Teammate Conor Tierney was nearby, preparing to strike a 20 yard injury-time free that could propel the county into a one-point lead against Tipperary. But then the game swerved off on a dramatic course. Referee Jason O’Mahony spoke to an umpire at the opposite end of the field who informed him that Clare goalkeeper Donal Tuohy had stepped outside of his square for a puckout. Play was called back and Tipperary were awarded a 65, which Pa Bourke converted to claim victory.
At the final whistle chaos ensued yet it is not the hordes of Clare supporters venting their fury at the match officials or the chorus of disapproval that drowned out the post-match trophy presentation which Honan remembers.
“Just after the match, the captain at the time Conor Cooney said to us, that the one thing we had to do was to make sure that this made us stronger. He was moving on from the U21 grade but he spoke to the lads that were still underage. It wasn’t the happiest day of our lives and the nicest of circumstances. But it did make us stronger as a group.”
2009 was about atonement. Honan tapped into a rich vein of goalscoring form and that was a catalyst for Clare’s September success. He fired five goals during their U21 campaign that year, including the crucial brace that enabled them claim Munster honours in Dungarvan in July, and come September Croke Park reeked of sounds and sights from another era as the pitch was engulfed by Banner hurling supporters.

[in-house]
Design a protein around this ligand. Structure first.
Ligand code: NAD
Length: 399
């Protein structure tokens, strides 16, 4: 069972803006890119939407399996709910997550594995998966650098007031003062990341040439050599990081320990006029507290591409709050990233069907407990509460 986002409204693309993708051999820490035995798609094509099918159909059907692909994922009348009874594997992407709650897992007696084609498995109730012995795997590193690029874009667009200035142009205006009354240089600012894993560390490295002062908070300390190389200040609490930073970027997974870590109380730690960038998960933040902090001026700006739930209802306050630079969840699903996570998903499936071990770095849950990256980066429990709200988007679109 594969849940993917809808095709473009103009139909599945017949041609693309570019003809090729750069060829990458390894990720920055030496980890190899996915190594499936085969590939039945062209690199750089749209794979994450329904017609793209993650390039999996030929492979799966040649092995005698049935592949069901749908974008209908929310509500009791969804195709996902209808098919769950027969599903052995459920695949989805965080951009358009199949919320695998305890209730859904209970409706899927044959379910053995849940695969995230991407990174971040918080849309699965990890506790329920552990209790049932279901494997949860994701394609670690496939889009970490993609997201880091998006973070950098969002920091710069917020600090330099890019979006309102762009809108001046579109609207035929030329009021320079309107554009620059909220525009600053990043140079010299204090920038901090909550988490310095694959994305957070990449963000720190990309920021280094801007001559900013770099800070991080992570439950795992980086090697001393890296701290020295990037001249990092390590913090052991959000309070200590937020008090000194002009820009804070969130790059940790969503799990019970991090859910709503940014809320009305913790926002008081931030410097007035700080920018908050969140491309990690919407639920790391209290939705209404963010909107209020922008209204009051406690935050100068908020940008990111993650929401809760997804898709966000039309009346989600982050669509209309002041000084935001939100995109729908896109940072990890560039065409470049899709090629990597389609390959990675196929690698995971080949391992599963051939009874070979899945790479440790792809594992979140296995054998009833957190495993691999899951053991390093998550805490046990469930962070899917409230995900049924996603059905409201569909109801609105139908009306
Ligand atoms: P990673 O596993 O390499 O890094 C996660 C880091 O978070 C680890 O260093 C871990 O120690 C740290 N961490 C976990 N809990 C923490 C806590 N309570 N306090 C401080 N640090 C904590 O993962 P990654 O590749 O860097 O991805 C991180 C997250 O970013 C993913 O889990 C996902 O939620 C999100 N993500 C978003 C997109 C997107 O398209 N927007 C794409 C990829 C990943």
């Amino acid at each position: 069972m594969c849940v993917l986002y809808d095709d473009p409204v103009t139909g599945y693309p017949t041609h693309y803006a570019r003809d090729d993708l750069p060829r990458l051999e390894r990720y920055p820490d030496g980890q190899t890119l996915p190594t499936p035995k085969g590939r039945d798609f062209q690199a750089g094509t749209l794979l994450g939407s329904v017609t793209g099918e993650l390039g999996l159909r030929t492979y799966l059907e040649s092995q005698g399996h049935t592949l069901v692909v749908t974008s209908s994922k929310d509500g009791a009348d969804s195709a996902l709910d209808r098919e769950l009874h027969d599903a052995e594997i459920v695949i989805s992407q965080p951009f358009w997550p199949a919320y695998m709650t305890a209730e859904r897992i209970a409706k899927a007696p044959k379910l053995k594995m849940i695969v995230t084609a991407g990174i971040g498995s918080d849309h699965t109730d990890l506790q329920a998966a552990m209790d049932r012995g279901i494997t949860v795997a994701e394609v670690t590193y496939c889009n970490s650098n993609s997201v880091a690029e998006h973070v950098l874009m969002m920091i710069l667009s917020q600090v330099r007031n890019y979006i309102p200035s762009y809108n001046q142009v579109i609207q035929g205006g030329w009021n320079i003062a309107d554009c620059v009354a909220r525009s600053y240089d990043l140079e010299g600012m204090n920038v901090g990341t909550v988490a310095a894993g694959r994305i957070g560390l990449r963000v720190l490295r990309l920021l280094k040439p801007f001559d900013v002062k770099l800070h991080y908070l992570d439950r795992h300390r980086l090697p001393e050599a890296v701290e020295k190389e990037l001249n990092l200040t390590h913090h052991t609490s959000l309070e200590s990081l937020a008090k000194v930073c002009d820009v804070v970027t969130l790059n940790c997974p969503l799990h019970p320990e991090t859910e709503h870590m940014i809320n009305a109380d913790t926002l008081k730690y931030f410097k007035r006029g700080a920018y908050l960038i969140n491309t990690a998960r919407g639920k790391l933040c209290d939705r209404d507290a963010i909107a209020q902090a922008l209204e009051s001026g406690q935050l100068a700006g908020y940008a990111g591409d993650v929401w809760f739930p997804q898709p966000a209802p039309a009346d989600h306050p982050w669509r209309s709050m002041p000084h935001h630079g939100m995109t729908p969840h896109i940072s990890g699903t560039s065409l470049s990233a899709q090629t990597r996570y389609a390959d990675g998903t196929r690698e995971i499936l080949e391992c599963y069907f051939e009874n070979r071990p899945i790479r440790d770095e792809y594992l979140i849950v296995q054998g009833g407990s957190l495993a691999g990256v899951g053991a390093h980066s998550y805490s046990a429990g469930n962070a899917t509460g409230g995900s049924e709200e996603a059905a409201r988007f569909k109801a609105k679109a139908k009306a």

For the county it was a momentous day and that feeling was shared by Honan’s club.
At the final whistle, a third of the Clare team were Clonlara men with Honan joined by Nicky O’Connell, John Conlon and the O’Donovan twins, Cormac and Domhnall.
A sixth club member John Moloney was part of the panel. It was a remarkable achievement. In the Clare hurling hierarchy, Clonlara have traditionally enjoyed a lowly status. A county senior title in 1919 was followed by an exhausting 89-year wait before they collected top honours again.
Three seasons ago Honan was part of a clutch of precocious talents who helped the club capture the Canon Hamilton trophy 12 months after they had won the intermediate title.